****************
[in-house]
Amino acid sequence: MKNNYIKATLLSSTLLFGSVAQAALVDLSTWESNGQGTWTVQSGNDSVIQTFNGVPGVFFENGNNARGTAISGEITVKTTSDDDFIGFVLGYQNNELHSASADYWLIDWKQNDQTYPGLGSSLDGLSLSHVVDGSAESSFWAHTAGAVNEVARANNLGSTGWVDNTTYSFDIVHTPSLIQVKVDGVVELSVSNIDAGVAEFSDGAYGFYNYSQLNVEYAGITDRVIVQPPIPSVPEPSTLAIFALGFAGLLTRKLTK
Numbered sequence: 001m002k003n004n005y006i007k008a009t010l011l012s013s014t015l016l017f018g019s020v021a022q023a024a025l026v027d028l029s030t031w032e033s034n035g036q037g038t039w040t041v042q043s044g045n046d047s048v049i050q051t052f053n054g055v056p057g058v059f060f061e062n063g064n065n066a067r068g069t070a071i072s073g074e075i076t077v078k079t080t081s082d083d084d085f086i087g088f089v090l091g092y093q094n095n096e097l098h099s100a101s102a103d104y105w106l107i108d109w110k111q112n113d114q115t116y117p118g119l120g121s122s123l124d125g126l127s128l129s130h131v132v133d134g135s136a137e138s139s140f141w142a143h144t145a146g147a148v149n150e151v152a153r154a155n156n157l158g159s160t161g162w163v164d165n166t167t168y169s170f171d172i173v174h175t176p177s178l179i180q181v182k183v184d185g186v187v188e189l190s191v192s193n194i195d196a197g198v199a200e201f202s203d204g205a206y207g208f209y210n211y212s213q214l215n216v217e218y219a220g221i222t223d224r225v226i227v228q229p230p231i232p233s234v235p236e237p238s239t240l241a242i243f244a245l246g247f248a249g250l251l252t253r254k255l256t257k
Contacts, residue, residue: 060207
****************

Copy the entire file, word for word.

[in-house]
Amino acid sequence: MKNNYIKATLLSSTLLFGSVAQAALVDLSTWESNGQGTWTVQSGNDSVIQTFNGVPGVFFENGNNARGTAISGEITVKTTSDDDFIGFVLGYQNNELHSASADYWLIDWKQNDQTYPGLGSSLDGLSLSHVVDGSAESSFWAHTAGAVNEVARANNLGSTGWVDNTTYSFDIVHTPSLIQVKVDGVVELSVSNIDAGVAEFSDGAYGFYNYSQLNVEYAGITDRVIVQPPIPSVPEPSTLAIFALGFAGLLTRKLTK
Numbered sequence: 001m002k003n004n005y006i007k008a009t010l011l012s013s014t015l016l017f018g019s020v021a022q023a024a025l026v027d028l029s030t031w032e033s034n035g036q037g038t039w040t041v042q043s044g045n046d047s048v049i050q051t052f053n054g055v056p057g058v059f060f061e062n063g064n065n066a067r068g069t070a071i072s073g074e075i076t077v078k079t080t081s082d083d084d085f086i087g088f089v090l091g092y093q094n095n096e097l098h099s100a101s102a103d104y105w106l107i108d109w110k111q112n113d114q115t116y117p118g119l120g121s122s123l124d125g126l127s128l129s130h131v132v133d134g135s136a137e138s139s140f141w142a143h144t145a146g147a148v149n150e151v152a153r154a155n156n157l158g159s160t161g162w163v164d165n166t167t168y169s170f171d172i173v174h175t176p177s178l179i180q181v182k183v184d185g186v187v188e189l190s191v192s193n194i195d196a197g198v199a200e201f202s203d204g205a206y207g208f209y210n211y212s213q214l215n216v217e218y219a220g221i222t223d224r225v226i227v228q229p230p231i232p233s234v235p236e237p238s239t240l241a242i243f244a245l246g247f248a249g250l251l252t253r254k255l256t257k
Contacts, residue, residue: 060207